Russian figure skater Kamila Vaieva's doping case will be heard at the Olympics

Russian figure skater Kamila Vasilieva will learn Monday whether she is eligible to compete in the Olympics' women's competition.

Russian figure skater Kamila Vaieva's doping case will be heard at the Olympics

The event starts one day later. According to the Court of Arbitration for Sport, Valieva's expedited hearing will take place in Beijing on Saturday night. A ruling is expected Monday afternoon.

After Saturday's emotional practice session, the 15-year-old skater broke down in tears.

The closed-door hearing will be conducted via video link and lawyers for Valieva and the Russian Olympic team can ask the judges to hear a personal statement.

Matthieu Reeb, director general of CAS, stated at the court's hotel base that "if she attends, I assume it will be via video conference." It will be a long, tiring night. It could take four to five hours.

After being tested positive in Russia for trimetazidine, Valieva's status as an Olympic athlete was uncertain. Five days before the test result became known, Valieva won the gold medal in team events and will compete as an individual Tuesday.

While doing a short program, Valieva fell on Saturday while practicing on a triple-axel jump -- which Valieva is accustomed to performing without any problems -- and she was unable to land the jump. After landing two combos, a triple flip triple toe loop, and a triple twist triple toe loop, Valieva skated to the boards, giving Eteri Tutberidze an emotional hug.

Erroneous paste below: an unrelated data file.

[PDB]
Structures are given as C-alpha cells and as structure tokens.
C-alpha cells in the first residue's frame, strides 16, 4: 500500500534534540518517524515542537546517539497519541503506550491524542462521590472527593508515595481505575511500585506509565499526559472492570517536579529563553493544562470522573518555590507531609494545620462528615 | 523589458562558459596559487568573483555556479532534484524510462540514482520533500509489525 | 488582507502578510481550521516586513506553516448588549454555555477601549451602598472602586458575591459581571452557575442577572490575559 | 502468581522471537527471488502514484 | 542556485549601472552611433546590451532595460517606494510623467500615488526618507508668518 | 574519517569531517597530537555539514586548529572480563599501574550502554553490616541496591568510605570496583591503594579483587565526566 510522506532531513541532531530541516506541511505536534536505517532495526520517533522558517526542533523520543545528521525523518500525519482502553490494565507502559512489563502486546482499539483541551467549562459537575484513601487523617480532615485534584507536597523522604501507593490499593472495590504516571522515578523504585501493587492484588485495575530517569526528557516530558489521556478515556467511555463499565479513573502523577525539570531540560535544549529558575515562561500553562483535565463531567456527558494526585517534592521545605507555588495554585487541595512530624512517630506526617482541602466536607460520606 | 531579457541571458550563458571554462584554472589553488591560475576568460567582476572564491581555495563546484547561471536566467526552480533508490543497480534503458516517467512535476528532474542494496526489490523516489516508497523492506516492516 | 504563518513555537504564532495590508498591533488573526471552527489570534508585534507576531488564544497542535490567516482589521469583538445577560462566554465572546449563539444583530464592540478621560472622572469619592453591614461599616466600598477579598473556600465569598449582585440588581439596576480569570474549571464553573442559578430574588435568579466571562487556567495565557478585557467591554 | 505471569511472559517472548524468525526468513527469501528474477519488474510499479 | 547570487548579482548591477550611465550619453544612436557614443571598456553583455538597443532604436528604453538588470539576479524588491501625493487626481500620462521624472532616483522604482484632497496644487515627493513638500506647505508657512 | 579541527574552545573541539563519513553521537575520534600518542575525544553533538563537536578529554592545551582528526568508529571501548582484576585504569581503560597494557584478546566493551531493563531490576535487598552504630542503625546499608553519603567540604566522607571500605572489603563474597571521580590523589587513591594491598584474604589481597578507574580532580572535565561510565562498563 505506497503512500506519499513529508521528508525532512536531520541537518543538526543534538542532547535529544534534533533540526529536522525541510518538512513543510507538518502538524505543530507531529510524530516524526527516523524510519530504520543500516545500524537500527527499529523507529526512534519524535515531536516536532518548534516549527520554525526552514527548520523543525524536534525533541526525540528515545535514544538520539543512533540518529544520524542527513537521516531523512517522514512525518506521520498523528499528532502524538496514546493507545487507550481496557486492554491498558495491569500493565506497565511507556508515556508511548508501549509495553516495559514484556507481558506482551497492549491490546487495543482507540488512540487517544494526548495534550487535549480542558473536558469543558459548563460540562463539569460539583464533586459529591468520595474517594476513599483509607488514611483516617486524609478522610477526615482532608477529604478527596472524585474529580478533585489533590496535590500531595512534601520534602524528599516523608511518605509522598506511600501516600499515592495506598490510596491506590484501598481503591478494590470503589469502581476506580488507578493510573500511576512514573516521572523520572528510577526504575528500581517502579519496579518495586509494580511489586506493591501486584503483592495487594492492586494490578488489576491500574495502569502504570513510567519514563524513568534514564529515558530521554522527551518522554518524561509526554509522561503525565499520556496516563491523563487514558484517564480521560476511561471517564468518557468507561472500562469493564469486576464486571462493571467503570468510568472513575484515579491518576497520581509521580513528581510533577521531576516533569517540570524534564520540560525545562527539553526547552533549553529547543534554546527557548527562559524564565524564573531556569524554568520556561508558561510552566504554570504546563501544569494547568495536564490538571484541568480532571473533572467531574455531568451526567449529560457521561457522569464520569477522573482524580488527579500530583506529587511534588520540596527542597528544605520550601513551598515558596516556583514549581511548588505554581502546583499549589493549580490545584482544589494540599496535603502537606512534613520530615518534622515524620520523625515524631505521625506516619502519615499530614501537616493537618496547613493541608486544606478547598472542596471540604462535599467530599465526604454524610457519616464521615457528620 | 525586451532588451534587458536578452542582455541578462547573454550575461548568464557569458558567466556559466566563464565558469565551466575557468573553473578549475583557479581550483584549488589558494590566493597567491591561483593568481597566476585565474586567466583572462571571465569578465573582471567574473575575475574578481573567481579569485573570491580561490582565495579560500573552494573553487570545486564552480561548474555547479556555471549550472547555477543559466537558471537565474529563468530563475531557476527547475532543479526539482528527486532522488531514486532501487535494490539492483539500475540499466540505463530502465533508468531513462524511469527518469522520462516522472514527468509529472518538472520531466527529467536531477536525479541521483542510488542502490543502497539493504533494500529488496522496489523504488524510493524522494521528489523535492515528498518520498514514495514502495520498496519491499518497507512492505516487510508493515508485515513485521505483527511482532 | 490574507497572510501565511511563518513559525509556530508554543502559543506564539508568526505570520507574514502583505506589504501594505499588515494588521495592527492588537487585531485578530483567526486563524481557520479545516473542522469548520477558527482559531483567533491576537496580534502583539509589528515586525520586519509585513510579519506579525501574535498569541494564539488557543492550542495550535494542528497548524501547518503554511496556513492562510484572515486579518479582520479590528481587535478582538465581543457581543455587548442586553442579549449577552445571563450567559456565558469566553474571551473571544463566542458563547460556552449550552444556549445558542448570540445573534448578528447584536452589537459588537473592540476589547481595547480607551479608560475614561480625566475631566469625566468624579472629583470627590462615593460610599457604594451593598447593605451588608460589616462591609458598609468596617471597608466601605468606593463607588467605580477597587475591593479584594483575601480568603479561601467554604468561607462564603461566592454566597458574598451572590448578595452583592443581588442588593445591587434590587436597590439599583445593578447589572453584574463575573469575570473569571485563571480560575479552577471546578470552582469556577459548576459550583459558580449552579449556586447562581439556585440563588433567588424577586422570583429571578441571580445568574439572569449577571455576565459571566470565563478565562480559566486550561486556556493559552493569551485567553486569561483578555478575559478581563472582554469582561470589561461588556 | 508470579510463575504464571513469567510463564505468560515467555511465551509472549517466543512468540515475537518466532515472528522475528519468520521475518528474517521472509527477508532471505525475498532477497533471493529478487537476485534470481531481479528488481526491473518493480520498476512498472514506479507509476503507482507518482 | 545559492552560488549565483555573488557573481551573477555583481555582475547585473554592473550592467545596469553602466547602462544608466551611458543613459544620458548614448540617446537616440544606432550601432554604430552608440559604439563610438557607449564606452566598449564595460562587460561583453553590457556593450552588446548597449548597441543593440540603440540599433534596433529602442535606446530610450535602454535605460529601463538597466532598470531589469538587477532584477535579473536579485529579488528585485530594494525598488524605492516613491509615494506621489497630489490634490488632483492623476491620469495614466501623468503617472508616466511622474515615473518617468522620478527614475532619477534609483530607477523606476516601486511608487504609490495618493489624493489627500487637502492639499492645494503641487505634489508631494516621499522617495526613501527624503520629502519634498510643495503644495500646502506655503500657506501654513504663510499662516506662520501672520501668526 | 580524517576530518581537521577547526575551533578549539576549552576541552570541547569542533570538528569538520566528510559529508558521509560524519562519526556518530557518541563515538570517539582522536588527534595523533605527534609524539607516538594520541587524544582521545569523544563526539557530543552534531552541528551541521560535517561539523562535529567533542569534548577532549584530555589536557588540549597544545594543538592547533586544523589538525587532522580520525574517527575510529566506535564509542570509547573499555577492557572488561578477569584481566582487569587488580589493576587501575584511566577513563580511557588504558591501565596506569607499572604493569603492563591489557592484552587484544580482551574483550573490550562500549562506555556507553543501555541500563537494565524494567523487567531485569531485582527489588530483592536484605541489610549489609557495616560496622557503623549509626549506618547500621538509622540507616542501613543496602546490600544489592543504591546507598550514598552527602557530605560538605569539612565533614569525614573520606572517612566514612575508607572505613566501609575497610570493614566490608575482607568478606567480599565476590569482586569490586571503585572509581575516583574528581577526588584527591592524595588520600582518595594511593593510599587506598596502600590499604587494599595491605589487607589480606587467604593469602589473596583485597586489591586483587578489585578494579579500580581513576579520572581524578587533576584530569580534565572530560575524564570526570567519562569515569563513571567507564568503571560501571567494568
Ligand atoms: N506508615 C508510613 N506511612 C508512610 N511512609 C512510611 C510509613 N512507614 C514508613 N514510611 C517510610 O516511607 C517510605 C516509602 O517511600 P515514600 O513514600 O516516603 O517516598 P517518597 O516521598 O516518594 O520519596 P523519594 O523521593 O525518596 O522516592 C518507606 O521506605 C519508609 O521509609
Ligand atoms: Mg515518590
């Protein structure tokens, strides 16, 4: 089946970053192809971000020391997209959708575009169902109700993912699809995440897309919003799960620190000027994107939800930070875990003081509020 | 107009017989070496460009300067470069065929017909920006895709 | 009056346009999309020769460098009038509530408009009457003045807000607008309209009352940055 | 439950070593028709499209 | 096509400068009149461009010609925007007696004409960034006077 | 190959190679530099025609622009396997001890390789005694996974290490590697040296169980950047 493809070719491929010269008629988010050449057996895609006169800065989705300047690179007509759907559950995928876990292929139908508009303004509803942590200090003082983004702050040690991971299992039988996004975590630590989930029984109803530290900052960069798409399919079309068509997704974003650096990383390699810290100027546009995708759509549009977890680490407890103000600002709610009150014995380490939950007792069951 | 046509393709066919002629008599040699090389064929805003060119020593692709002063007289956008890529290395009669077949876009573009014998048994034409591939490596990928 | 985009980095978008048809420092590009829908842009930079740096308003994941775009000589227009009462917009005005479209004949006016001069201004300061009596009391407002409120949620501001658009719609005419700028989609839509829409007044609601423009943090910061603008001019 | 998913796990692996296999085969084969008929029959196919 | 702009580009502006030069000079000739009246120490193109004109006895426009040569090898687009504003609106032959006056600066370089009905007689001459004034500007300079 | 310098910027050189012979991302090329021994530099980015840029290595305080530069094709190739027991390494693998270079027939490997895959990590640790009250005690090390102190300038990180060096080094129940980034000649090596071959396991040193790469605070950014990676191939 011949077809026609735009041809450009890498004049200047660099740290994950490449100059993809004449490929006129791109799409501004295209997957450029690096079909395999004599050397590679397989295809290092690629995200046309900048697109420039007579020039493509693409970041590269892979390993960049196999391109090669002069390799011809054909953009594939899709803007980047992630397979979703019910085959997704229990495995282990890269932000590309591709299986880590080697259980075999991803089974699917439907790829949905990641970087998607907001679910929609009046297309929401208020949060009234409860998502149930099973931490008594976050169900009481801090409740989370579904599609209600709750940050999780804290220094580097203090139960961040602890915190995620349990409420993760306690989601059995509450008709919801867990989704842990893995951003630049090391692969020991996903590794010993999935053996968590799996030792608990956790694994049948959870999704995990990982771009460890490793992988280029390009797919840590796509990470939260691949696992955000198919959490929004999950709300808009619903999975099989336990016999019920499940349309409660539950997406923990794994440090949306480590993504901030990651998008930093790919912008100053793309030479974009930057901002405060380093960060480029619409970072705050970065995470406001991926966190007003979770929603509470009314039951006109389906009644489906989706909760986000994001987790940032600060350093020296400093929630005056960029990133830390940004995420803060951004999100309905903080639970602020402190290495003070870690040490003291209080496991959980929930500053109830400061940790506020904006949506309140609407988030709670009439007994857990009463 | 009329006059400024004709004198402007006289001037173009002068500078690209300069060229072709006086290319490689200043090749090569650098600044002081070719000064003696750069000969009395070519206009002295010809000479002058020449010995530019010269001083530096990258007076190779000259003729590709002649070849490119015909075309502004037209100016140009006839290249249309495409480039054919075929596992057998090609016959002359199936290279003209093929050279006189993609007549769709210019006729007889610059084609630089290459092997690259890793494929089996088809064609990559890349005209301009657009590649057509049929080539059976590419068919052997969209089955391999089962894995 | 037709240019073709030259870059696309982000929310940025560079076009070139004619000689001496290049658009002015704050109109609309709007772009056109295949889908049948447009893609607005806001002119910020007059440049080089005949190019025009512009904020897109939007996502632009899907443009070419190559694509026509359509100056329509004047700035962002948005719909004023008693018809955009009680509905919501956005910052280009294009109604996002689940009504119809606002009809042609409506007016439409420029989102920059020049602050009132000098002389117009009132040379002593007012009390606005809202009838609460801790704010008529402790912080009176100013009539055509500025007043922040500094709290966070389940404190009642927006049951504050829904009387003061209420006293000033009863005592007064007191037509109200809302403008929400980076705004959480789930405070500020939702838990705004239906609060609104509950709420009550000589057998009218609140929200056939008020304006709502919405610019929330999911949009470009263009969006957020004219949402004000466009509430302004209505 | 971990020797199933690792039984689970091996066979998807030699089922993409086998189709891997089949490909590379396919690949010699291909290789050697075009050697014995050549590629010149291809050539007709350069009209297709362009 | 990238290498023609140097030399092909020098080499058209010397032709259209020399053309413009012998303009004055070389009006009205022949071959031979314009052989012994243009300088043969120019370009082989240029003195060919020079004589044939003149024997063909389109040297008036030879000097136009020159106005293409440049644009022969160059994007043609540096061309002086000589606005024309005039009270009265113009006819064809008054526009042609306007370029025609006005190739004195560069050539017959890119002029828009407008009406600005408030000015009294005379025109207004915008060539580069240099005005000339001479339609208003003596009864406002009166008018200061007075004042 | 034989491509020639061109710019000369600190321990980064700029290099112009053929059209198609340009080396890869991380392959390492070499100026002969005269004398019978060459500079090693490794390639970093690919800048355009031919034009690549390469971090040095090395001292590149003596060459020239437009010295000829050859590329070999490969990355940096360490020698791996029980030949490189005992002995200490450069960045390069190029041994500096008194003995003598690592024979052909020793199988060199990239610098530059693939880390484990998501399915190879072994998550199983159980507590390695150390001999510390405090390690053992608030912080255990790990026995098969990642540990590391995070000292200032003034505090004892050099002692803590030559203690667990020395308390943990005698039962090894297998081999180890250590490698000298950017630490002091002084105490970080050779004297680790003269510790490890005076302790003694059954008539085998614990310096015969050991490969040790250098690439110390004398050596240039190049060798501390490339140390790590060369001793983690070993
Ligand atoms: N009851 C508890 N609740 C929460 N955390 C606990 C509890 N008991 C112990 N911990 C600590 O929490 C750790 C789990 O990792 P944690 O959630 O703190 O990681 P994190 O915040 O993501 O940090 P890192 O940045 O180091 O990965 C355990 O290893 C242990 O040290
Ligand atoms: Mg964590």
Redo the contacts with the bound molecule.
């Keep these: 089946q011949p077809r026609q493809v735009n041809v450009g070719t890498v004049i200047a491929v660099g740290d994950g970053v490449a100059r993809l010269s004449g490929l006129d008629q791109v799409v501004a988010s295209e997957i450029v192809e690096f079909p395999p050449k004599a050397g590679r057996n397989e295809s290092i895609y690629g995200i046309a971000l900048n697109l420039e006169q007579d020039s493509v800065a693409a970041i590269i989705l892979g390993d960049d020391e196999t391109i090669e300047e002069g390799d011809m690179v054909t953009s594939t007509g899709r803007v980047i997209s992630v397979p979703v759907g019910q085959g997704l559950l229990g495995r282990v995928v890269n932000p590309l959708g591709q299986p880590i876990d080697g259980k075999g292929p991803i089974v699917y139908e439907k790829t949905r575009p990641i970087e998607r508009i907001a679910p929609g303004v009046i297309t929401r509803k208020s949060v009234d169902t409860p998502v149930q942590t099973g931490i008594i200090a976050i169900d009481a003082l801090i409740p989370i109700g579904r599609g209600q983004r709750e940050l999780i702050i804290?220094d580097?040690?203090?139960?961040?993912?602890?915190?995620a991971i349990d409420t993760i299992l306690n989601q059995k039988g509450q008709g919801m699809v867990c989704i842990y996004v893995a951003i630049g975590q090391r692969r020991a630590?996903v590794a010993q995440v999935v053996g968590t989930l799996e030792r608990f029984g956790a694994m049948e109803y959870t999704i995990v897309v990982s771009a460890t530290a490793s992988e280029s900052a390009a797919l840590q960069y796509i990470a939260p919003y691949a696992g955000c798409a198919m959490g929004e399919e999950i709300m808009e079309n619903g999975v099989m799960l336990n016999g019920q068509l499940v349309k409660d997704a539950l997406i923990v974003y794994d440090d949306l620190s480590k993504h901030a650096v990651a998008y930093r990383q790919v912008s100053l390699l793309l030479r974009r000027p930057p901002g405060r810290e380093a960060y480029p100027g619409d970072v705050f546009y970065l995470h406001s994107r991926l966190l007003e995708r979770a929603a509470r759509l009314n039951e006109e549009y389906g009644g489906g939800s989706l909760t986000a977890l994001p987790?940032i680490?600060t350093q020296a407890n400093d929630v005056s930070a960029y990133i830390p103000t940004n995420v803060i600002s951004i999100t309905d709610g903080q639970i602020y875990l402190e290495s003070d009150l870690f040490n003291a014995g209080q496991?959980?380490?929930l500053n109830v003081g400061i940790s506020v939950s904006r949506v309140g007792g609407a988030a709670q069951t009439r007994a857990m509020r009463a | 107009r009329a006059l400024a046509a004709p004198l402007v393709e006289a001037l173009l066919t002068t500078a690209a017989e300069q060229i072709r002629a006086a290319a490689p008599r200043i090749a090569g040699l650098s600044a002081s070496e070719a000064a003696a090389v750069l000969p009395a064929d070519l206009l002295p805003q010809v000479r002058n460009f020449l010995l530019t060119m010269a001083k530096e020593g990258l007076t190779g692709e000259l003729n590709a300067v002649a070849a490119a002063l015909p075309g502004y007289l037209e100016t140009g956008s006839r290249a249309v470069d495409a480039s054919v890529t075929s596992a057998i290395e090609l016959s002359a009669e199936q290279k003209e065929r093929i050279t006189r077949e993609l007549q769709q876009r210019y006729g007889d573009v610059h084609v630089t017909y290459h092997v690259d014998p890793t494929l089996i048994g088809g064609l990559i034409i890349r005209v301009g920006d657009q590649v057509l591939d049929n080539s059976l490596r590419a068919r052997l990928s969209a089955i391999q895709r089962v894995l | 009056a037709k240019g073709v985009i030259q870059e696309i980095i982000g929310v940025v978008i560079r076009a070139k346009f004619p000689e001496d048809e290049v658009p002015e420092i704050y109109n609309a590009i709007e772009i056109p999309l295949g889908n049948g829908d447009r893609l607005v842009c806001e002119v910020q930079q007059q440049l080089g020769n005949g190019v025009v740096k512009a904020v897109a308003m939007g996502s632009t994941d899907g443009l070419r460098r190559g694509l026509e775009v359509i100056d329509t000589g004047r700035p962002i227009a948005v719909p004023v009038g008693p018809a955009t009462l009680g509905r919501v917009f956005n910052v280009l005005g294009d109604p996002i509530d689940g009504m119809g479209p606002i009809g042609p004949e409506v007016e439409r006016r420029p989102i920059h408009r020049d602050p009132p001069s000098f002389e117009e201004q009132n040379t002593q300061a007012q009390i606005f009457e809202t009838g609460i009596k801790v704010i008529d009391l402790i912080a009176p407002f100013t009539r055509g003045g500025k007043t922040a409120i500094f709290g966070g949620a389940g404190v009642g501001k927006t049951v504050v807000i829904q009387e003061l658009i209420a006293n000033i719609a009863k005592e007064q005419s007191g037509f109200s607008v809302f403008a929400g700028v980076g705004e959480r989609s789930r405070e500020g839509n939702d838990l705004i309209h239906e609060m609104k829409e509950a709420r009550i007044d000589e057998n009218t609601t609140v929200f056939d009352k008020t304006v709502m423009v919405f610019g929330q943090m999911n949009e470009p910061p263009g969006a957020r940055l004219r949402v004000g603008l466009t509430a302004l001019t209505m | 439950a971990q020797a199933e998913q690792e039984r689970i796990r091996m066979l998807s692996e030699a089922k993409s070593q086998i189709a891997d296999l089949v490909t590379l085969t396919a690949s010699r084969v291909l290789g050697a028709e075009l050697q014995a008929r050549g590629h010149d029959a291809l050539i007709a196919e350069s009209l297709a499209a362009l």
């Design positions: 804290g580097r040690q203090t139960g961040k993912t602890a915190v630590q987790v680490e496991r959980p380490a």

Saturday's announcement by CAS confirms that it received appeals from the International Olympic Committee as well as the World Anti-Doping Agency, challenging Valieva’s right to compete.

After testing positive, the Russian Anti-Doping Agency issued an automatic ban. RUSADA lifted her provisional ban the next day. The IOC made an urgent appeal to RUSADA, which will be heard by the Court of Arbitration of Sport on Sunday.

Mark Adams, IOC spokesperson, said that "it was sending a message that we want to have this resolved as soon as possible."

Because Valieva is a minor, the legal process can be quite complex. She has protections under the anti-doping rule.

Valieva, who is just 15, could receive a reprimand as her ultimate punishment. Because the World Anti-Doping Code requires that they be investigated, her entourage of coaches is subject to more scrutiny.

Valieva was positive for the test in a sample she received on December 25, during her victory at the Russian national championships.

This sample was provided by the Russian Anti-Doping Agency (known as RUSADA). It was sent to Stockholm, Sweden's WADA-approved laboratory for analysis.

The Stockholm lab informed RUSADA that the test had been positive on Monday, hours after Valieva's skate helped Russia win the Olympic team event.

The request to re-impose Valieva's interim ban will be considered by the three CAS judges from Italy, Slovenia and the United States. Fabio Iudica, a Milan-based lawyer, will chair the meeting.

Jeffrey Benz, an American judge, was a former figure skater at the national level and is one of the most sought-after arbitrators in CAS cases. Vesna Bergant Racocevic is a judge at the high court in Ljubljana, Slovenia.

It will be decided whether the Russian team retains the gold medal in team events.

RUSADA will handle the complete investigation into the doping case. This could take several months. This could be appealed at CAS.


 

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